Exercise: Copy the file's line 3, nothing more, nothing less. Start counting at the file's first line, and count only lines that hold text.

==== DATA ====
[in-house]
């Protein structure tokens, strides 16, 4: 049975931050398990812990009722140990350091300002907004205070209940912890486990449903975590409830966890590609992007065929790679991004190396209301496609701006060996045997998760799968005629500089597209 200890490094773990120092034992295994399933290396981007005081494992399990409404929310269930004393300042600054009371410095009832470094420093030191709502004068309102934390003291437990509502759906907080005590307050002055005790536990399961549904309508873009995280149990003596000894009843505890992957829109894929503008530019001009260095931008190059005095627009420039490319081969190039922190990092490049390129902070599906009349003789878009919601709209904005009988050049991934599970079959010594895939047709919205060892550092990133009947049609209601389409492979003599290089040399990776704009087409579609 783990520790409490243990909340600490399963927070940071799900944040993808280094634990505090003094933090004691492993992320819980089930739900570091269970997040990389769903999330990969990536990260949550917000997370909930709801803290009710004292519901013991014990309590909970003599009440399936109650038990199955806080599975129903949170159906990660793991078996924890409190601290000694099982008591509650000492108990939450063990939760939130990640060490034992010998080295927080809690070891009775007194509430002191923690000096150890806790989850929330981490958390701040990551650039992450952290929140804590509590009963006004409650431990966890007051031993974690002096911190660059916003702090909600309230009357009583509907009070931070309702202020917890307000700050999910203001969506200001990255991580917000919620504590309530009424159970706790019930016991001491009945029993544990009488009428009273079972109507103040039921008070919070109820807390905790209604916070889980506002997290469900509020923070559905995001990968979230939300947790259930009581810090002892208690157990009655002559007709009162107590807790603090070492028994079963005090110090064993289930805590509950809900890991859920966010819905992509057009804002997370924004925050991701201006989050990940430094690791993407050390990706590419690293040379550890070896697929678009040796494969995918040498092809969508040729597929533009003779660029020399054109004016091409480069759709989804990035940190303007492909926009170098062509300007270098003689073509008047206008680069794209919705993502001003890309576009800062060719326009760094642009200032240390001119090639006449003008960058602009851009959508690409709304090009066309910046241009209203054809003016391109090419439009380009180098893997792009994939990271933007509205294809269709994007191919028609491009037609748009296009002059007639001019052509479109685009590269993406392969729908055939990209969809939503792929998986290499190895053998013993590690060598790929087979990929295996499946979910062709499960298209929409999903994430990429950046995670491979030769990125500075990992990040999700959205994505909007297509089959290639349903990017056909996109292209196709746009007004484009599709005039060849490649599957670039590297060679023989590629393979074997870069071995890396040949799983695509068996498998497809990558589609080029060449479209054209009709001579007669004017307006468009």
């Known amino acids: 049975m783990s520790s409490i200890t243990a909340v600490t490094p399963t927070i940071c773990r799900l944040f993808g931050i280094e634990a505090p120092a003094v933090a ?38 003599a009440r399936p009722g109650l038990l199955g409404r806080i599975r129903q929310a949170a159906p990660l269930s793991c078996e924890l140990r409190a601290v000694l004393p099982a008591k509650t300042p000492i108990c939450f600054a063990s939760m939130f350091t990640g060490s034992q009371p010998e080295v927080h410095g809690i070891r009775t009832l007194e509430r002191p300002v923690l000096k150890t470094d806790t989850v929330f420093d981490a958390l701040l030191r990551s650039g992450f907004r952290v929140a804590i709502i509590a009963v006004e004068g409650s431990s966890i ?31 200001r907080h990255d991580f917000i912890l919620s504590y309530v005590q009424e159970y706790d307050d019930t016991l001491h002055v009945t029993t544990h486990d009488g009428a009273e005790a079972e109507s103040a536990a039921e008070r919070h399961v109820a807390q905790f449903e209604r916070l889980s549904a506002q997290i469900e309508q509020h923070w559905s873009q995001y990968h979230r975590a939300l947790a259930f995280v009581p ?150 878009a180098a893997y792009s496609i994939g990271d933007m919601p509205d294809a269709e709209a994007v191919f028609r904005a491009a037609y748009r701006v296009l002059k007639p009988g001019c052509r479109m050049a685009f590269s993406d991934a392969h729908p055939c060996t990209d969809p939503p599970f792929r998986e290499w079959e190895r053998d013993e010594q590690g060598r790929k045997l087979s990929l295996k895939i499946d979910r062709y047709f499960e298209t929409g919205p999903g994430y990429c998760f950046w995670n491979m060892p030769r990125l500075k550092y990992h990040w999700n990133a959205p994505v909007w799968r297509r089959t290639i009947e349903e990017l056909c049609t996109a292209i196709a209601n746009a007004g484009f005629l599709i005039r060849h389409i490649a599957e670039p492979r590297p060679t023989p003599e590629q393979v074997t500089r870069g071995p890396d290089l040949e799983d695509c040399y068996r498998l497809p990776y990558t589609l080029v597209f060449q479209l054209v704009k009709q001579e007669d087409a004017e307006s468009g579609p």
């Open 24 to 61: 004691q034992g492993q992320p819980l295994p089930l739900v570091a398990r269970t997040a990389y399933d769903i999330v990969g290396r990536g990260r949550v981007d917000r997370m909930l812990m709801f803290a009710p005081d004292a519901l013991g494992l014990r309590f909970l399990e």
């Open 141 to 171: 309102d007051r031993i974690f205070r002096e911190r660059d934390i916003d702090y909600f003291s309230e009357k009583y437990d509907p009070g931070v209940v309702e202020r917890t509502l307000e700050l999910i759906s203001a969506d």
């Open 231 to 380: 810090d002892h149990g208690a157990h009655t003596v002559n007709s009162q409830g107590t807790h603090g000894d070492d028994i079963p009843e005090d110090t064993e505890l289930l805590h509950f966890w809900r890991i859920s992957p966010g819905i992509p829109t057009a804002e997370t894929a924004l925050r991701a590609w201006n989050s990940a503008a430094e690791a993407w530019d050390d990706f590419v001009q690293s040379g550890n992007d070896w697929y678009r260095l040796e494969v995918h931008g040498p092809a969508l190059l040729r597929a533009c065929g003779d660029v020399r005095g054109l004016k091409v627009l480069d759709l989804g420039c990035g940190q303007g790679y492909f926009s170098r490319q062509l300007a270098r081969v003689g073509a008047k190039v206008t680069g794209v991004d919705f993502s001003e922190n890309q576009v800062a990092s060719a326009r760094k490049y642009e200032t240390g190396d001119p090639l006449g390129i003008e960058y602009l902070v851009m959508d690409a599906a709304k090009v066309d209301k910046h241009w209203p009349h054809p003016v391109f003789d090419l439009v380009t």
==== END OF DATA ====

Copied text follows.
């Known amino acids: 049975m783990s520790s409490i200890t243990a909340v600490t490094p399963t927070i940071c773990r799900l944040f993808g931050i280094e634990a505090p120092a003094v933090a ?38 003599a009440r399936p009722g109650l038990l199955g409404r806080i599975r129903q929310a949170a159906p990660l269930s793991c078996e924890l140990r409190a601290v000694l004393p099982a008591k509650t300042p000492i108990c939450f600054a063990s939760m939130f350091t990640g060490s034992q009371p010998e080295v927080h410095g809690i070891r009775t009832l007194e509430r002191p300002v923690l000096k150890t470094d806790t989850v929330f420093d981490a958390l701040l030191r990551s650039g992450f907004r952290v929140a804590i709502i509590a009963v006004e004068g409650s431990s966890i ?31 200001r907080h990255d991580f917000i912890l919620s504590y309530v005590q009424e159970y706790d307050d019930t016991l001491h002055v009945t029993t544990h486990d009488g009428a009273e005790a079972e109507s103040a536990a039921e008070r919070h399961v109820a807390q905790f449903e209604r916070l889980s549904a506002q997290i469900e309508q509020h923070w559905s873009q995001y990968h979230r975590a939300l947790a259930f995280v009581p ?150 878009a180098a893997y792009s496609i994939g990271d933007m919601p509205d294809a269709e709209a994007v191919f028609r904005a491009a037609y748009r701006v296009l002059k007639p009988g001019c052509r479109m050049a685009f590269s993406d991934a392969h729908p055939c060996t990209d969809p939503p599970f792929r998986e290499w079959e190895r053998d013993e010594q590690g060598r790929k045997l087979s990929l295996k895939i499946d979910r062709y047709f499960e298209t929409g919205p999903g994430y990429c998760f950046w995670n491979m060892p030769r990125l500075k550092y990992h990040w999700n990133a959205p994505v909007w799968r297509r089959t290639i009947e349903e990017l056909c049609t996109a292209i196709a209601n746009a007004g484009f005629l599709i005039r060849h389409i490649a599957e670039p492979r590297p060679t023989p003599e590629q393979v074997t500089r870069g071995p890396d290089l040949e799983d695509c040399y068996r498998l497809p990776y990558t589609l080029v597209f060449q479209l054209v704009k009709q001579e007669d087409a004017e307006s468009g579609p």